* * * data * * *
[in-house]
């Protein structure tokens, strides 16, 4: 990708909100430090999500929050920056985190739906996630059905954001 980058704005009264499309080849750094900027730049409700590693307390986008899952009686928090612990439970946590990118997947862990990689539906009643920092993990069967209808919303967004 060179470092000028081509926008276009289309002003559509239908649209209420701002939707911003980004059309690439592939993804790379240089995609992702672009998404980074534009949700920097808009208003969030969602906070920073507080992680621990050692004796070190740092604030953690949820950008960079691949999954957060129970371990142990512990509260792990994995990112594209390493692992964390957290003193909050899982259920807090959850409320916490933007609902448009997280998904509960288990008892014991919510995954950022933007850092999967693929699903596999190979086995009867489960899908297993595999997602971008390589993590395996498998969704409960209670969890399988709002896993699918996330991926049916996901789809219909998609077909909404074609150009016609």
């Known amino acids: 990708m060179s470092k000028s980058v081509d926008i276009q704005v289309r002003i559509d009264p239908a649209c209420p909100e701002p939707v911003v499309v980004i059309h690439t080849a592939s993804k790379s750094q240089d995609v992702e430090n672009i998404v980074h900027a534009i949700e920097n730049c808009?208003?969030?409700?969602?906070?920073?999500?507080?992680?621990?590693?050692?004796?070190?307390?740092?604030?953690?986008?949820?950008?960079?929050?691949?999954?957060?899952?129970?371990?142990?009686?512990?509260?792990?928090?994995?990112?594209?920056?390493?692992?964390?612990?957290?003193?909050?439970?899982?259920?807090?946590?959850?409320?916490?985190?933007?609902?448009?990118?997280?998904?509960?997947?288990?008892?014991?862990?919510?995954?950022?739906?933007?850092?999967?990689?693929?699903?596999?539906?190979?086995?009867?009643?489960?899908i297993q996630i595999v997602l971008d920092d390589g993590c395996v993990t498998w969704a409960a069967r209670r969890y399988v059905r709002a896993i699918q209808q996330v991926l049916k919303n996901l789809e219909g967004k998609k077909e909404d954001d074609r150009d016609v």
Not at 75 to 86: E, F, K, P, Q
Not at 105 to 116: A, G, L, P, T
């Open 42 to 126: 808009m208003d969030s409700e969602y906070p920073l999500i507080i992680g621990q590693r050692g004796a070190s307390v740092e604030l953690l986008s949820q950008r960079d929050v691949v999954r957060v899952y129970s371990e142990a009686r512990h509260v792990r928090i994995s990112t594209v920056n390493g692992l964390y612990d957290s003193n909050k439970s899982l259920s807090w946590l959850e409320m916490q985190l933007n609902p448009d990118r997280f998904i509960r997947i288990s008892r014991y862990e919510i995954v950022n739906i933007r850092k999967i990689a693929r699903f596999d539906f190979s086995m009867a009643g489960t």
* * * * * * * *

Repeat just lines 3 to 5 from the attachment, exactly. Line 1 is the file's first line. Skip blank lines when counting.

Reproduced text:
């Known amino acids: 990708m060179s470092k000028s980058v081509d926008i276009q704005v289309r002003i559509d009264p239908a649209c209420p909100e701002p939707v911003v499309v980004i059309h690439t080849a592939s993804k790379s750094q240089d995609v992702e430090n672009i998404v980074h900027a534009i949700e920097n730049c808009?208003?969030?409700?969602?906070?920073?999500?507080?992680?621990?590693?050692?004796?070190?307390?740092?604030?953690?986008?949820?950008?960079?929050?691949?999954?957060?899952?129970?371990?142990?009686?512990?509260?792990?928090?994995?990112?594209?920056?390493?692992?964390?612990?957290?003193?909050?439970?899982?259920?807090?946590?959850?409320?916490?985190?933007?609902?448009?990118?997280?998904?509960?997947?288990?008892?014991?862990?919510?995954?950022?739906?933007?850092?999967?990689?693929?699903?596999?539906?190979?086995?009867?009643?489960?899908i297993q996630i595999v997602l971008d920092d390589g993590c395996v993990t498998w969704a409960a069967r209670r969890y399988v059905r709002a896993i699918q209808q996330v991926l049916k919303n996901l789809e219909g967004k998609k077909e909404d954001d074609r150009d016609v």
Not at 75 to 86: E, F, K, P, Q
Not at 105 to 116: A, G, L, P, T